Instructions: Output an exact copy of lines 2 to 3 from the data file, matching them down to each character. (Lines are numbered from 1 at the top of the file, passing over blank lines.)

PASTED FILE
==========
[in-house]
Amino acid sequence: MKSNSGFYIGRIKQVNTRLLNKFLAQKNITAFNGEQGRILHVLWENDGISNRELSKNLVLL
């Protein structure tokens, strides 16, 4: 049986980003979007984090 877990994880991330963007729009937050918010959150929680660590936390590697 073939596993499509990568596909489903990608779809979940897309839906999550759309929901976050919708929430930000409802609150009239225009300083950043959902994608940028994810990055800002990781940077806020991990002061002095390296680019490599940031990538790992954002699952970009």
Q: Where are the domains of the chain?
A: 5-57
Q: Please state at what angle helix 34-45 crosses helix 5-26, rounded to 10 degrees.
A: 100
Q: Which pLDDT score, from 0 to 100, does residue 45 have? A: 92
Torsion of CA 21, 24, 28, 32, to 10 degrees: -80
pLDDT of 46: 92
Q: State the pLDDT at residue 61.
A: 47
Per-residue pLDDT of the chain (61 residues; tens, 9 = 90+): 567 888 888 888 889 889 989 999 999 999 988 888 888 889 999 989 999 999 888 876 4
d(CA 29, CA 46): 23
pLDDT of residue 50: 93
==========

Amino acid sequence: MKSNSGFYIGRIKQVNTRLLNKFLAQKNITAFNGEQGRILHVLWENDGISNRELSKNLVLL
């Protein structure tokens, strides 16, 4: 049986980003979007984090 877990994880991330963007729009937050918010959150929680660590936390590697 073939596993499509990568596909489903990608779809979940897309839906999550759309929901976050919708929430930000409802609150009239225009300083950043959902994608940028994810990055800002990781940077806020991990002061002095390296680019490599940031990538790992954002699952970009």